Writing a Professional Job Acceptance Letter by Belle Wong, J.D.

Writing a Professional Job Acceptance Letter

Received an exciting offer for your dream job? Formalize your acceptance by writing the perfect letter to your new employer.

by Belle Wong, J.D.
updated January 30, 2020 · 2 min read

It's almost official: You've just received an offer for that great job you interviewed for. While your hiring becomes official when you sign the employment contract, writing a job acceptance letter helps set a polite and professional tone with your new employer.

Woman in home office pauses from work to smile with hand under chin with tea kettle in front of her laptop

An acceptance letter is not legally binding in the way signing an employment contract is. While you can still decide to turn down the job after you send the letter, it's not particularly professional to do so, so make sure to take some steps first.

Reviewing the Job Offer

Before you do anything else, carefully read through the job offer. Even if it's your dream job, you need to consider aspects such as the salary, the start date, and benefits, including vacation time.

If the offer includes a description of the job, make sure it's the position and title you interviewed for. Now is also the time to review any conditions mentioned in the offer. For example, if the offer states that you are required to work from the employer's offices and you'd like to have the option to work from home once a month, you should prepare to negotiate this point before you accept the offer.

Negotiating Before You Accept

When you formally accept a job by sending a letter, you are indicating to your new employer that you're happy with the terms they've offered. So if there are any changes you'd like to make, now is the time to bring them up. While you can still try to change any terms after you've sent the letter, you have a better chance of negotiating if you address your needs beforehand—plus you'll come across as more professional to your new employer.

Start by setting up a time to discuss the offer details. During the discussion, be clear about what you'd like changed. For example, if you're looking for a higher salary, give the employer a specific salary range. Even if the employer denies your request, the offer for the job itself should still be on the table, so you can decide then whether you'd still like to accept the position as it was initially offered to you.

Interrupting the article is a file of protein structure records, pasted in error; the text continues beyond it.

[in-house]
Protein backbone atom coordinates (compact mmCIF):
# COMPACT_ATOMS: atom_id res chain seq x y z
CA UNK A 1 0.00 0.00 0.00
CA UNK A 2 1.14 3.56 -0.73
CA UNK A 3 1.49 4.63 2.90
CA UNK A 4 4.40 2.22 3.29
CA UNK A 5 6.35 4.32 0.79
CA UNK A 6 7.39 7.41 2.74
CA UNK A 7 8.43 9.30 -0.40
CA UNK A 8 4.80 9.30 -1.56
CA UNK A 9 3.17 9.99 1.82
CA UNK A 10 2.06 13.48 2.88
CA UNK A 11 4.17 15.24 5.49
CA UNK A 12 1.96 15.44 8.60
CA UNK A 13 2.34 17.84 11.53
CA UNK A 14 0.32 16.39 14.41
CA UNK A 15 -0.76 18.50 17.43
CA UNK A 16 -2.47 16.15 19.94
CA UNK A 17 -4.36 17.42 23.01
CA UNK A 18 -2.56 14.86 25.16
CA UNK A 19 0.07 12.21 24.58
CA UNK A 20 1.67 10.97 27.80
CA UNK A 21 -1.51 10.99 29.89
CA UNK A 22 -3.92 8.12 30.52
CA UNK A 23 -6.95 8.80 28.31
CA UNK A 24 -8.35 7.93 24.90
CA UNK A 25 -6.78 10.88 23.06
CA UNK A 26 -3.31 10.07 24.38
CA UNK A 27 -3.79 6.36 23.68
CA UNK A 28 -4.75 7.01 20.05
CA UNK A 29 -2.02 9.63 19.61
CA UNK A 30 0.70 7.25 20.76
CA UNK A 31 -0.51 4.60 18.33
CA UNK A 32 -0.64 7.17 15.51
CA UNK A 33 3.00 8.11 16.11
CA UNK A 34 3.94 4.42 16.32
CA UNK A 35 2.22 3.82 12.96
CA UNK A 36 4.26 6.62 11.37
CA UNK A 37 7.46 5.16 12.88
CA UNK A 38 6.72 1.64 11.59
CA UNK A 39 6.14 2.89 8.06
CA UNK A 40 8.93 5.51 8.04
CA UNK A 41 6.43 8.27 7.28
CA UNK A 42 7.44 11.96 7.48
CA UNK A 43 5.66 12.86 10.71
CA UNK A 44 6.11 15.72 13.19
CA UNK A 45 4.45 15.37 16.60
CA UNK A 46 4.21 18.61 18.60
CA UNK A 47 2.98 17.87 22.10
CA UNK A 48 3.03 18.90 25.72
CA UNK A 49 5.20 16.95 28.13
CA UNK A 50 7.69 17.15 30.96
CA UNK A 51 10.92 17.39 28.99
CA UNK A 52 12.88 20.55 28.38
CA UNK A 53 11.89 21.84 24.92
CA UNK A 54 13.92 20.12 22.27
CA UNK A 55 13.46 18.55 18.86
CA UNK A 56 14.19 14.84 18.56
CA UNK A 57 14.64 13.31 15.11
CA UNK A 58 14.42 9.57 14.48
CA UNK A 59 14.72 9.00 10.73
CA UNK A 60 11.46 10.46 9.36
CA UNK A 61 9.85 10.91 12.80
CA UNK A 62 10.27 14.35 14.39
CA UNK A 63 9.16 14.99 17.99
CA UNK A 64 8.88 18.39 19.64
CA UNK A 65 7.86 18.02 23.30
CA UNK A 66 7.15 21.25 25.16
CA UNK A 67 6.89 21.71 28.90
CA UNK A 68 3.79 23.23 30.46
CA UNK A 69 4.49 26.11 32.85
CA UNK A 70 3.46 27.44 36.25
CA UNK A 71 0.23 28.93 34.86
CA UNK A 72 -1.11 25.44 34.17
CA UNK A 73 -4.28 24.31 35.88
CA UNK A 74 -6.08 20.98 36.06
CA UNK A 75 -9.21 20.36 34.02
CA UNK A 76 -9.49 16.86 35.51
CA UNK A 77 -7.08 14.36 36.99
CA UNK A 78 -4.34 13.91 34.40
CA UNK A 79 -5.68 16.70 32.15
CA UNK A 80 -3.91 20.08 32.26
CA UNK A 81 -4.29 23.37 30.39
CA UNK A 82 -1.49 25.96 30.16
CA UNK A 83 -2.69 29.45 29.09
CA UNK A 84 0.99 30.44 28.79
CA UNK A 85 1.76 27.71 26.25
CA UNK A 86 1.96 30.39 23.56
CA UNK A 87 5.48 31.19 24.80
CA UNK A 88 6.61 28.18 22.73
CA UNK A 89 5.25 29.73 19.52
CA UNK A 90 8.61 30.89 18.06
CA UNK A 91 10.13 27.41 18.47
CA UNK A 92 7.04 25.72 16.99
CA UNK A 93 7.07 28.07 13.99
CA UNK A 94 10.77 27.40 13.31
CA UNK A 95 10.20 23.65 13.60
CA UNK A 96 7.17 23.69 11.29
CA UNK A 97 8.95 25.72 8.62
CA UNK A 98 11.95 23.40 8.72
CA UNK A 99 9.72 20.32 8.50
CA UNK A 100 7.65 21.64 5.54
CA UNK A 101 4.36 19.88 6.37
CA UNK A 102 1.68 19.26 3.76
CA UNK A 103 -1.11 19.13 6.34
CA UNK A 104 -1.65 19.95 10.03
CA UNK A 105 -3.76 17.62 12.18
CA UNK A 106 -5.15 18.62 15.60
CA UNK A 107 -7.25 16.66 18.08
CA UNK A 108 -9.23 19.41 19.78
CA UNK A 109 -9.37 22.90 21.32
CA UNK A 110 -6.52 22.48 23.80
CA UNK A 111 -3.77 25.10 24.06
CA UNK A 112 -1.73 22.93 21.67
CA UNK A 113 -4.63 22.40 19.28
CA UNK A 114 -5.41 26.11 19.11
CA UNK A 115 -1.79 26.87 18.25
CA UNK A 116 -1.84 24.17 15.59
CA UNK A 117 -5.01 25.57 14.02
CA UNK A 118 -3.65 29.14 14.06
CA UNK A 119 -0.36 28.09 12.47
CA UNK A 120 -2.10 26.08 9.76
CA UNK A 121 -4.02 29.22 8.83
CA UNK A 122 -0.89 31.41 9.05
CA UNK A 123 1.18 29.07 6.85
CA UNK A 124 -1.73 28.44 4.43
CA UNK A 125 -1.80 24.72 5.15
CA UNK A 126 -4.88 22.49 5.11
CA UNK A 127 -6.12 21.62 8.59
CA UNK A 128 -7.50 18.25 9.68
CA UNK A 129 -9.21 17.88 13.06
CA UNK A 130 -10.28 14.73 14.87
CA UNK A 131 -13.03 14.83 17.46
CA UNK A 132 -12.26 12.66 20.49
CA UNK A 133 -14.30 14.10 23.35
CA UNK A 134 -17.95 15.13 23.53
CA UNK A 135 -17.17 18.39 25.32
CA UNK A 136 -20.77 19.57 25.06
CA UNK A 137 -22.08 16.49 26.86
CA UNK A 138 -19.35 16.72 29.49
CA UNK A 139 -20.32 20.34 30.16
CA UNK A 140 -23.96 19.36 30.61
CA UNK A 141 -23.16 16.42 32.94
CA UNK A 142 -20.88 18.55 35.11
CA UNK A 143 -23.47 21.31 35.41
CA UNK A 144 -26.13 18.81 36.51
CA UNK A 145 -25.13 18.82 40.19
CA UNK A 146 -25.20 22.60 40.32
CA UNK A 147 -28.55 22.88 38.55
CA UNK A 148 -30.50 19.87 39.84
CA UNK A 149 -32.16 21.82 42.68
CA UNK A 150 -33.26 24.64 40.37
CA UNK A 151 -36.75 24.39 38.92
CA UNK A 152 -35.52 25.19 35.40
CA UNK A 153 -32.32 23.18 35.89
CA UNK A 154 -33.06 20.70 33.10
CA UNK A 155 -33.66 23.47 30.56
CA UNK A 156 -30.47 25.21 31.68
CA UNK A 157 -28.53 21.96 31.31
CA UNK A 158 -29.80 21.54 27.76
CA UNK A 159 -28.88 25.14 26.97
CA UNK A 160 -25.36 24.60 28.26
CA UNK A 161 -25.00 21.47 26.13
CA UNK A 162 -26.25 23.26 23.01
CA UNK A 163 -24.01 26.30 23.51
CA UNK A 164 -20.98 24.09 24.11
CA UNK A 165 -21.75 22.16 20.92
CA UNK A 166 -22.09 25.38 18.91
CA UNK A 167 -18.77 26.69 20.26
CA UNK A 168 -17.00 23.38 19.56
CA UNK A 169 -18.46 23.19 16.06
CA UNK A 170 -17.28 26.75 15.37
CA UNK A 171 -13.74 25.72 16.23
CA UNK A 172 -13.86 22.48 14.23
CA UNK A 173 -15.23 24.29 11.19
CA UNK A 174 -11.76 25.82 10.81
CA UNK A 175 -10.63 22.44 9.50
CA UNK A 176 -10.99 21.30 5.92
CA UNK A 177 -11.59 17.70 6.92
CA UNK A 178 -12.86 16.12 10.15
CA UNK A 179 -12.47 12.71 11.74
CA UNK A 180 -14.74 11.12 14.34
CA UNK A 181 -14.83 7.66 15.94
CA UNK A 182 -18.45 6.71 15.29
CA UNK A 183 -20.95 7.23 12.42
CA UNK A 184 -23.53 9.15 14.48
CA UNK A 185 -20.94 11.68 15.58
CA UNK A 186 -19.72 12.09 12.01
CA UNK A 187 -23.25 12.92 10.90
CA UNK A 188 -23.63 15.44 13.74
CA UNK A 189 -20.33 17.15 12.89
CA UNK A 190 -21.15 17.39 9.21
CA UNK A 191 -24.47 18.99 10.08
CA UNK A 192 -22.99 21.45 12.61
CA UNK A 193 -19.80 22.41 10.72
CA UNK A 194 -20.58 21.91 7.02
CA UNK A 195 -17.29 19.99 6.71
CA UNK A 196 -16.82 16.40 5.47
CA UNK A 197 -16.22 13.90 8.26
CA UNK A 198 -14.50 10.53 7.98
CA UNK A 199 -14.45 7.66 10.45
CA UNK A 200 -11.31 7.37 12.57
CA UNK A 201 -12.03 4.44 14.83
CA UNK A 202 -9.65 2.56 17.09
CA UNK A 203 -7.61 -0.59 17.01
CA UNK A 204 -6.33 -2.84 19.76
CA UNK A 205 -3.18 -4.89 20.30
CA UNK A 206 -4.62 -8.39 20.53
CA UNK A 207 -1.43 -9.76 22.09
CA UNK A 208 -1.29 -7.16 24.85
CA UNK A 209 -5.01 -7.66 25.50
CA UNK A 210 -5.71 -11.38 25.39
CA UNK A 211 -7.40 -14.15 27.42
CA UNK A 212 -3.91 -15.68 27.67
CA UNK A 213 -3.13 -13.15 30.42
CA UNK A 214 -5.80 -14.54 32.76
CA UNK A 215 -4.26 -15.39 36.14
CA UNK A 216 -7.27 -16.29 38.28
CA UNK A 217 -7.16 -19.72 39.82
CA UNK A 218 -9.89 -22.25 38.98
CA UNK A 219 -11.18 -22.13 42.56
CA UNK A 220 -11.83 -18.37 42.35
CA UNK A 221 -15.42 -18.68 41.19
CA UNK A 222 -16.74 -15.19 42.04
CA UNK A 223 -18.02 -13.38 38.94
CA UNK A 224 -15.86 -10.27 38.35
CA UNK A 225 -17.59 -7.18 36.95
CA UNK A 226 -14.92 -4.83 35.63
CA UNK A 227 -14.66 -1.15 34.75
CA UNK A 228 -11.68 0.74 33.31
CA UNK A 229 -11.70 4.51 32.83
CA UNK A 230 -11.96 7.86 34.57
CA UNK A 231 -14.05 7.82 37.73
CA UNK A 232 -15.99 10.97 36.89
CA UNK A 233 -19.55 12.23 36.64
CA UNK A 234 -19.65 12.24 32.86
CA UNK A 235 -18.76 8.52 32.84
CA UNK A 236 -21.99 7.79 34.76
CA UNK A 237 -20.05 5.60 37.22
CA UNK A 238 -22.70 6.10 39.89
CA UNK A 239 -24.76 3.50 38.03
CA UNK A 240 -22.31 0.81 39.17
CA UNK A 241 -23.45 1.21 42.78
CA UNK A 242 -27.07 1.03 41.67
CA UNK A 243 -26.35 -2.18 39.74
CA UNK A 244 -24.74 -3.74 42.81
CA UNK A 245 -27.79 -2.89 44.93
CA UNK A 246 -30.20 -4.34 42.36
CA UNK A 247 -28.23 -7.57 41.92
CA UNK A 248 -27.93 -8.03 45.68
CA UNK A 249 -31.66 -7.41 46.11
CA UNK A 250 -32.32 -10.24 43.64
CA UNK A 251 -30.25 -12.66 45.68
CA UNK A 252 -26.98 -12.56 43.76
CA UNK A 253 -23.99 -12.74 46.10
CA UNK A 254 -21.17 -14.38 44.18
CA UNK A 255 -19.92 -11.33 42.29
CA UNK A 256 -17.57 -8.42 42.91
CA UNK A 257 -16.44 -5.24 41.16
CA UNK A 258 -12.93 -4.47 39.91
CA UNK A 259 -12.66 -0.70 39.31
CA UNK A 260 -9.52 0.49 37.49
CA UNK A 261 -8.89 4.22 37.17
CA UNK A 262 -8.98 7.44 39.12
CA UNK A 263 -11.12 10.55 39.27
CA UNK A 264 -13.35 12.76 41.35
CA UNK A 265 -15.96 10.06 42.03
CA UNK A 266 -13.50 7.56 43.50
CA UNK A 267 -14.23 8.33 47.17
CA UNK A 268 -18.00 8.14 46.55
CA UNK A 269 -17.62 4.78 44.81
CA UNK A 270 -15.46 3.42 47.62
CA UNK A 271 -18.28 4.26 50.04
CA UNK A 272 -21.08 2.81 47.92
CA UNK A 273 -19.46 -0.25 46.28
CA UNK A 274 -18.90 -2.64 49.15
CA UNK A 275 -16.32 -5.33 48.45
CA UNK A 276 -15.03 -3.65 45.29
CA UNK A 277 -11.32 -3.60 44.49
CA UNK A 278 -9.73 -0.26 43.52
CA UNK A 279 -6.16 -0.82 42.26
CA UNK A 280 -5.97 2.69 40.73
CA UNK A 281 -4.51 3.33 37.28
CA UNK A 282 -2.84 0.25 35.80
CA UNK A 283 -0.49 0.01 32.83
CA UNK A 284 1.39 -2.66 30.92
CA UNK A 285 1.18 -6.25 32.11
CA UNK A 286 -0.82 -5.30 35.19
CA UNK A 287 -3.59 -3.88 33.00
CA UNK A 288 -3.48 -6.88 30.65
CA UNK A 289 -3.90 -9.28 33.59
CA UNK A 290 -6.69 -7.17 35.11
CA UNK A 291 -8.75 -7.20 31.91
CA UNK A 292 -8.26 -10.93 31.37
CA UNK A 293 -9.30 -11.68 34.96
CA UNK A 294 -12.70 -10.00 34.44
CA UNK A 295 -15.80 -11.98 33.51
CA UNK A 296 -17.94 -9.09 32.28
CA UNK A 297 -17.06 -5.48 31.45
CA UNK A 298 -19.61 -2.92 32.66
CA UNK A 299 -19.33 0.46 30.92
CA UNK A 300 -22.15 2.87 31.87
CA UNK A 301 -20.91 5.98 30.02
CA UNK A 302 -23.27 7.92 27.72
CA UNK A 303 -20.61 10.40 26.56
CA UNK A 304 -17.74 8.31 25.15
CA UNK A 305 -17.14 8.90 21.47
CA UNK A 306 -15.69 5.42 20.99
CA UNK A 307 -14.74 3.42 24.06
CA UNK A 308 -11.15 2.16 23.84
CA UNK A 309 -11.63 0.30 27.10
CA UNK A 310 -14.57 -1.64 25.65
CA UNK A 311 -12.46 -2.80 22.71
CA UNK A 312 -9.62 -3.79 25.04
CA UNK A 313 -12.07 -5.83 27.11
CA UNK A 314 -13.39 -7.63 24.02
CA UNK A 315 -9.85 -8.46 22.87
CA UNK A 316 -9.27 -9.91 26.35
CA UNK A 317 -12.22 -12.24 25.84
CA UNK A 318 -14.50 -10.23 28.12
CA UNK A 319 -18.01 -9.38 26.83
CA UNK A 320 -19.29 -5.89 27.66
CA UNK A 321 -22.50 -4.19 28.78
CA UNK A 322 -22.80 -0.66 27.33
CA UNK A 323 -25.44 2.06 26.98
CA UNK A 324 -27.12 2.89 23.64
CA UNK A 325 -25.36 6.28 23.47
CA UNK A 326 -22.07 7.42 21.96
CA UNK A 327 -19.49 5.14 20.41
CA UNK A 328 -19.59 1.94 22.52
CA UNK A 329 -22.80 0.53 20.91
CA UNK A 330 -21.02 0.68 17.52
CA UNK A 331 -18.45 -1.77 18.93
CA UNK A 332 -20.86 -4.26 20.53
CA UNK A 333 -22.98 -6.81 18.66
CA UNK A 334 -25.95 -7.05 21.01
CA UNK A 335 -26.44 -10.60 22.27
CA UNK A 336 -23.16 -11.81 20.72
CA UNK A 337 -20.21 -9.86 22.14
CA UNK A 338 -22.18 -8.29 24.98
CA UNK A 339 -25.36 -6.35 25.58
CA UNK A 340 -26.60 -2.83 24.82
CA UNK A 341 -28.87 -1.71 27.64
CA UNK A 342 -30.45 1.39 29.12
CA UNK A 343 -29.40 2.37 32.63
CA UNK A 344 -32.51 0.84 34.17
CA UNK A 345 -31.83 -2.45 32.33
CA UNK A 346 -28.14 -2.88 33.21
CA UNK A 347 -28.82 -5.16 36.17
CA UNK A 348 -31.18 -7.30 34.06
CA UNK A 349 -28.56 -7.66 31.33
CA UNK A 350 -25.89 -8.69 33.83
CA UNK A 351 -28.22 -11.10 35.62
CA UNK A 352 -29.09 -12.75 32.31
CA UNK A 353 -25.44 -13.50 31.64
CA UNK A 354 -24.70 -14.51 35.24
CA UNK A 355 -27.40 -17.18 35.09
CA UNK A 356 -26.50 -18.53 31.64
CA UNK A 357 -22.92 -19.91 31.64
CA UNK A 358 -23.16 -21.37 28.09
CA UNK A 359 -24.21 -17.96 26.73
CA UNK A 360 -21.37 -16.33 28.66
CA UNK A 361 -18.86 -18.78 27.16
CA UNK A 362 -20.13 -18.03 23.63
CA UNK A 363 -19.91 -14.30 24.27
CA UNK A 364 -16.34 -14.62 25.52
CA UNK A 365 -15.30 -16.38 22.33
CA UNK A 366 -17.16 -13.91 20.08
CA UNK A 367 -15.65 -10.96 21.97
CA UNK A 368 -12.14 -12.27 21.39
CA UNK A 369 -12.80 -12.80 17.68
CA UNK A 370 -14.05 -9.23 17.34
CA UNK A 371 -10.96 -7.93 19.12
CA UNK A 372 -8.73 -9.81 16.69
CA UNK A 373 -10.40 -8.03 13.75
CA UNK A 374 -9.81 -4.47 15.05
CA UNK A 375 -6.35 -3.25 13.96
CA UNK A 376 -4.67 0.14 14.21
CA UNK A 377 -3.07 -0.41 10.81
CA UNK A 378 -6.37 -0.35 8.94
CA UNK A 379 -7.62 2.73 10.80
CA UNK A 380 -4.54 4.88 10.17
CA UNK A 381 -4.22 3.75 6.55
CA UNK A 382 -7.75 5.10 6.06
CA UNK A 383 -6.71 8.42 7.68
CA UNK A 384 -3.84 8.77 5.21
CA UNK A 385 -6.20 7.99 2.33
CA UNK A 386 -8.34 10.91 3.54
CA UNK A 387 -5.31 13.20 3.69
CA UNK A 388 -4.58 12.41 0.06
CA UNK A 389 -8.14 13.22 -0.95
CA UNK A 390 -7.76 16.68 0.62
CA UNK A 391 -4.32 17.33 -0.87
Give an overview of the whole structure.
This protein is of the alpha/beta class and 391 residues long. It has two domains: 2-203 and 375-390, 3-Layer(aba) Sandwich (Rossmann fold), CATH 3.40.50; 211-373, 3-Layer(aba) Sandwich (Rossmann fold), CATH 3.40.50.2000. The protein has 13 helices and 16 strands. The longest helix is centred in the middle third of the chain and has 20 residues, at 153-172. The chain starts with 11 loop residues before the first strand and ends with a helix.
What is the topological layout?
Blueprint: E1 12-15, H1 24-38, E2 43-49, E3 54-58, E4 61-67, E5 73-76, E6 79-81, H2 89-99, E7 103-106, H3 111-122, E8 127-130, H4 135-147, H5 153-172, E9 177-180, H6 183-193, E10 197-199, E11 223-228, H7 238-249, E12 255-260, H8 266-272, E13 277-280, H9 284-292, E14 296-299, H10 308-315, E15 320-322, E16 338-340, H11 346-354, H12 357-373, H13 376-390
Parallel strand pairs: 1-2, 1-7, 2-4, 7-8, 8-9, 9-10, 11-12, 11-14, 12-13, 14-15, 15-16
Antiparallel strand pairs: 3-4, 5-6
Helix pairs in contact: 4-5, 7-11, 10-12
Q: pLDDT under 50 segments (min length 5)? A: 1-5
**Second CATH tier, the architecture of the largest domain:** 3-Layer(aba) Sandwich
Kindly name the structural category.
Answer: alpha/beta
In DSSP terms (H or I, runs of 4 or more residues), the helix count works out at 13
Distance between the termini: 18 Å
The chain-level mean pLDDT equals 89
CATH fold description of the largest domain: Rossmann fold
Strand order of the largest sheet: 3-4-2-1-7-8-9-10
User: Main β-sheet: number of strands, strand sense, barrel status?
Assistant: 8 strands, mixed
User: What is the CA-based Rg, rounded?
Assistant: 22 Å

Writing the Job Acceptance Letter

Once you've decided you do want to accept the job, it's time to write the acceptance letter. In addition to being clear and fairly brief, your letter should contain the following:

  • Gratitude for the job offer. Expressing your appreciation is a professional approach and is a gracious way to begin.
  • Refer to the position you've been offered. Include a reference to the job title to make sure there's been no misunderstanding about the position itself.
  • Your formal acceptance of the position. Clearly state that you are accepting the job.
  • Summarize the details of the offer. This summary should include your starting salary, your start date, any benefits such as vacation time, and any changes based on your negotiations, to make sure there is no misunderstanding down the line.

It's exciting to receive a job offer. Sending a clear and concise job offer acceptance letter formalizes your confirmation and lets you put your best foot forward when it comes to starting in your new role.

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Belle Wong, J.D.

About the Author

Belle Wong, J.D.

Belle Wong, J.D., is a freelance writer specializing in small business, personal finance, and marketing topics. Connect … Read more